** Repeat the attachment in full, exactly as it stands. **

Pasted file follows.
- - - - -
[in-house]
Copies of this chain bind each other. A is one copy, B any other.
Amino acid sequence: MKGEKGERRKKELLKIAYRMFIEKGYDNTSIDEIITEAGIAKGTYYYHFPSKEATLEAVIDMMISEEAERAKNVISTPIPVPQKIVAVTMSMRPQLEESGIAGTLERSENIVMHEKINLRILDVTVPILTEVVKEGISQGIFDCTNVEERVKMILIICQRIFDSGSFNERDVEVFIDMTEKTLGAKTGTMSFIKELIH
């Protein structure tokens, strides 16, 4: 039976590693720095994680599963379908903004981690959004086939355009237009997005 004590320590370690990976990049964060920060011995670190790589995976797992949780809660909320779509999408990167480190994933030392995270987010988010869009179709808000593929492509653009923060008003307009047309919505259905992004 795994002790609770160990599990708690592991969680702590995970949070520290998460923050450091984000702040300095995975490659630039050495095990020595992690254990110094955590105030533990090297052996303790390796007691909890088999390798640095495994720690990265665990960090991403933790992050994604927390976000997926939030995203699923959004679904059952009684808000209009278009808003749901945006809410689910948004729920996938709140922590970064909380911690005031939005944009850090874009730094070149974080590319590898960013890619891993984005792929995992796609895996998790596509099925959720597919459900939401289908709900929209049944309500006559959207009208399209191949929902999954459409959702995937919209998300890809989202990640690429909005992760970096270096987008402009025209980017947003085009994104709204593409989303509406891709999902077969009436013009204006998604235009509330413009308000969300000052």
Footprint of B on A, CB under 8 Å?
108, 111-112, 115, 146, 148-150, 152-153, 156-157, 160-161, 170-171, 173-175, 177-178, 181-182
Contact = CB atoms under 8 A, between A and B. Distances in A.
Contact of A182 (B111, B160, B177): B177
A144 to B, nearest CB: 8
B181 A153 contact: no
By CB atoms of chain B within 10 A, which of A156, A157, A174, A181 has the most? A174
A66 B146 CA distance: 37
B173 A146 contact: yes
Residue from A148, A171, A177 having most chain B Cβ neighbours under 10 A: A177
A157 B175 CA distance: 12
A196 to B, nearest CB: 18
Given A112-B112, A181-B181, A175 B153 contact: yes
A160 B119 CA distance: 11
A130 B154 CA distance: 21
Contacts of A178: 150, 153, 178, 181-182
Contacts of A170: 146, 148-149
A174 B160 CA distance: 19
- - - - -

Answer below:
[in-house]
Copies of this chain bind each other. A is one copy, B any other.
Amino acid sequence: MKGEKGERRKKELLKIAYRMFIEKGYDNTSIDEIITEAGIAKGTYYYHFPSKEATLEAVIDMMISEEAERAKNVISTPIPVPQKIVAVTMSMRPQLEESGIAGTLERSENIVMHEKINLRILDVTVPILTEVVKEGISQGIFDCTNVEERVKMILIICQRIFDSGSFNERDVEVFIDMTEKTLGAKTGTMSFIKELIH
């Protein structure tokens, strides 16, 4: 039976590693720095994680599963379908903004981690959004086939355009237009997005 004590320590370690990976990049964060920060011995670190790589995976797992949780809660909320779509999408990167480190994933030392995270987010988010869009179709808000593929492509653009923060008003307009047309919505259905992004 795994002790609770160990599990708690592991969680702590995970949070520290998460923050450091984000702040300095995975490659630039050495095990020595992690254990110094955590105030533990090297052996303790390796007691909890088999390798640095495994720690990265665990960090991403933790992050994604927390976000997926939030995203699923959004679904059952009684808000209009278009808003749901945006809410689910948004729920996938709140922590970064909380911690005031939005944009850090874009730094070149974080590319590898960013890619891993984005792929995992796609895996998790596509099925959720597919459900939401289908709900929209049944309500006559959207009208399209191949929902999954459409959702995937919209998300890809989202990640690429909005992760970096270096987008402009025209980017947003085009994104709204593409989303509406891709999902077969009436013009204006998604235009509330413009308000969300000052």
Footprint of B on A, CB under 8 Å?
108, 111-112, 115, 146, 148-150, 152-153, 156-157, 160-161, 170-171, 173-175, 177-178, 181-182
Contact = CB atoms under 8 A, between A and B. Distances in A.
Contact of A182 (B111, B160, B177): B177
A144 to B, nearest CB: 8
B181 A153 contact: no
By CB atoms of chain B within 10 A, which of A156, A157, A174, A181 has the most? A174
A66 B146 CA distance: 37
B173 A146 contact: yes
Residue from A148, A171, A177 having most chain B Cβ neighbours under 10 A: A177
A157 B175 CA distance: 12
A196 to B, nearest CB: 18
Given A112-B112, A181-B181, A175 B153 contact: yes
A160 B119 CA distance: 11
A130 B154 CA distance: 21
Contacts of A178: 150, 153, 178, 181-182
Contacts of A170: 146, 148-149
A174 B160 CA distance: 19